Are you interested in biochar? Are you looking to contribute your skills to the growth of an emerging industry in the sustainable development and clean energy arenas? Do you have a strong background in online research and significant experience using database tools and spreadsheets along with basic writing and proofreading skills? If so, please consider working as an Industry Research Intern with the International Biochar Initiative (IBI)—the leading non-profit promoting biochar research and commercialization. The intern will be primarily responsible for (listed in order of priority and time commitment):
1. Compiling information on companies involved in the production and distribution of biochar, pyrolysis equipment, and related activities
2. Developing web-based surveys and conducting telephone interviews with producers and consumers to document biochar industry trends
3. Assisting IBI staff in other commercialization-related activities
The internship is unpaid but the intern will gain valuable experience working with a diverse team of professionals at IBI. The time commitment is 8 hours per week from February 1 (or sooner) through April 30. The intern will work remotely and is expected to be in regular communication with IBI staff on a weekly basis. Priority will be given to students working towards science or business degrees. IBI can provide the intern a letter confirming service at the conclusion of the internship.
If this sounds like a good opportunity, please email us a brief cover letter telling us why you would be a good fit for this internship. In the cover letter, describe your experience in these three areas (listed in order of importance):
1. Web-based research, and manipulating databases and spreadsheets, primarily Microsoft Excel
2. Biochar history and use
3. Business development
Send the cover letter and your resume to Shiva Scotti at 4IBIJobs@gmail.com by February 1. For more information on IBI visit our website http://www.biochar-international.org/. Please note, cover letters MUST be included—any resume submitted without a cover letter addressing all 3 of the points above will be discarded, unread. Thank you for your interest!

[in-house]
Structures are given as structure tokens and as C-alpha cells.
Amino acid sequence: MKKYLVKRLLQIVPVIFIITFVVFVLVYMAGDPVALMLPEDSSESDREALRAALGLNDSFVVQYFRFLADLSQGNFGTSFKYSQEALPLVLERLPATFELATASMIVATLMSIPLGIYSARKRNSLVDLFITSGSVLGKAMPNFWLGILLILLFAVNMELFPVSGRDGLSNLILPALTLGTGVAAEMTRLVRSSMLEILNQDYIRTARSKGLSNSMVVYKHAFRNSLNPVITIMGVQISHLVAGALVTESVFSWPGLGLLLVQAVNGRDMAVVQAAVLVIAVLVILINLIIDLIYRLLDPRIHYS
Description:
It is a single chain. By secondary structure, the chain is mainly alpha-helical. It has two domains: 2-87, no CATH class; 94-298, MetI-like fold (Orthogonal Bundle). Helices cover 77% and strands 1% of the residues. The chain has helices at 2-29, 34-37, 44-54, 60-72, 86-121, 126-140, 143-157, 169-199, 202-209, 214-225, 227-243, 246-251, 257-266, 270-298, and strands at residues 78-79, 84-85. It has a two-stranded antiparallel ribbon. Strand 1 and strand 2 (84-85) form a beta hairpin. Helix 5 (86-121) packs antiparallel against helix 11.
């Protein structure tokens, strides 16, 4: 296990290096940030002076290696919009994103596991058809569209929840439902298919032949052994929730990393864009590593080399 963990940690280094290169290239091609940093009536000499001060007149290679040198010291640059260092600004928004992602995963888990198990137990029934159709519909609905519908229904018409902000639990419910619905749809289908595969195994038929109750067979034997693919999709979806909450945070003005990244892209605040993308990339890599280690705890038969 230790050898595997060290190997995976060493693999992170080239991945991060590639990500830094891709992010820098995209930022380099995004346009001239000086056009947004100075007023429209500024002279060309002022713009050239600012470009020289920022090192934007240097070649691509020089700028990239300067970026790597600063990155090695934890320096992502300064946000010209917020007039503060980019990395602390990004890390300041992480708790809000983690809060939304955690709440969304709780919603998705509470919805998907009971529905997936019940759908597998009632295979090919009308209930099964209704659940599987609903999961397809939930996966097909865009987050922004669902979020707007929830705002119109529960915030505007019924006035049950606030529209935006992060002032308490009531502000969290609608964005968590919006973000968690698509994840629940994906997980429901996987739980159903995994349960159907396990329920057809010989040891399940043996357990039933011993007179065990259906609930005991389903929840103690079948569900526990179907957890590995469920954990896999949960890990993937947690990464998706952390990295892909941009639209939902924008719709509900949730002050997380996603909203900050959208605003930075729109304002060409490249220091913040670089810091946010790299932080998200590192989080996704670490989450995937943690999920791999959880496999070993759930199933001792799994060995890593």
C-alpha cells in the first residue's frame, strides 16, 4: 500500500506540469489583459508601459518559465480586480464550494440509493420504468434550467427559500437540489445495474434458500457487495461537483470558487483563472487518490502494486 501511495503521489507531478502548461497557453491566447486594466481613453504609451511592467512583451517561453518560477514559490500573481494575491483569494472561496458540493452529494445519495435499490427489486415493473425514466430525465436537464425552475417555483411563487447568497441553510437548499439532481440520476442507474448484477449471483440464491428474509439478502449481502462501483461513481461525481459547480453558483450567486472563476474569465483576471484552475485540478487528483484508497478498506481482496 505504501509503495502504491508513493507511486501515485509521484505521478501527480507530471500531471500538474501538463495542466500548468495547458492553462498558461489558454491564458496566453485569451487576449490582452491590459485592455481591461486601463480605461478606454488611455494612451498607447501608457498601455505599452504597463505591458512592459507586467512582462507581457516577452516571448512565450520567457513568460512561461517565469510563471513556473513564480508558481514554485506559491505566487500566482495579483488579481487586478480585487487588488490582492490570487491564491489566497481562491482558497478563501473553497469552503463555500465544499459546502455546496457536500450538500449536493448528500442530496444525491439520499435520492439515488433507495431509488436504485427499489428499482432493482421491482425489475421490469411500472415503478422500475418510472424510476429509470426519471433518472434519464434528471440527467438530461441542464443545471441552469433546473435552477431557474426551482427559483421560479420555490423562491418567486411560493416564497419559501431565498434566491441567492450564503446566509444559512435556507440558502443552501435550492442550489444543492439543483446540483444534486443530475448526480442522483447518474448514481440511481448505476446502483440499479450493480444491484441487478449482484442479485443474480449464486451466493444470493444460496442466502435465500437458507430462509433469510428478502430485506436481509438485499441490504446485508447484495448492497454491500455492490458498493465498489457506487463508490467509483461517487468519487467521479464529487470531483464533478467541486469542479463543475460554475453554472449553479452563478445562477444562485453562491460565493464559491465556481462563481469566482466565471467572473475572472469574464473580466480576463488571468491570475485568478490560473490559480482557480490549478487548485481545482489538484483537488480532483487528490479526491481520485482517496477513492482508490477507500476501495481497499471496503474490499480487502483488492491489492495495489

Download the document.
We develop projections of future spending on, and savings from, energy efficiency programs funded by electric and gas utility customers in the United States, under three scenarios through 2025. Our analysis, which updates a previous LBNL study, relies on detailed bottom-up modeling of current state energy efficiency policies, regulatory decisions, and demand-side management and utility resource plans. The three scenarios are intended to represent a range of potential outcomes under the current policy environment (i.e., without considering possible major new policy developments).
Key findings from the analysis are as follows:
- By 2025, spending on electric and gas efficiency programs (excluding load management programs) is projected to double from 2010 levels to $9.5 billion in the medium case, compared to $15.6 billion in the high case and $6.5 billion in the low case.
- Compliance with statewide legislative or regulatory savings or spending targets is the primary driver for the increase in electric program spending through 2025, though a significant share of the increase is also driven by utility DSM planning activity and integrated resource planning.
- Our analysis suggests that electric efficiency program spending may approach a more even geographic distribution over time in terms of absolute dollars spent, with the Northeastern and Western states declining from over 70% of total U.S. spending in 2010 to slightly more than 50% in 2025, and the South and Midwest splitting the remainder roughly evenly.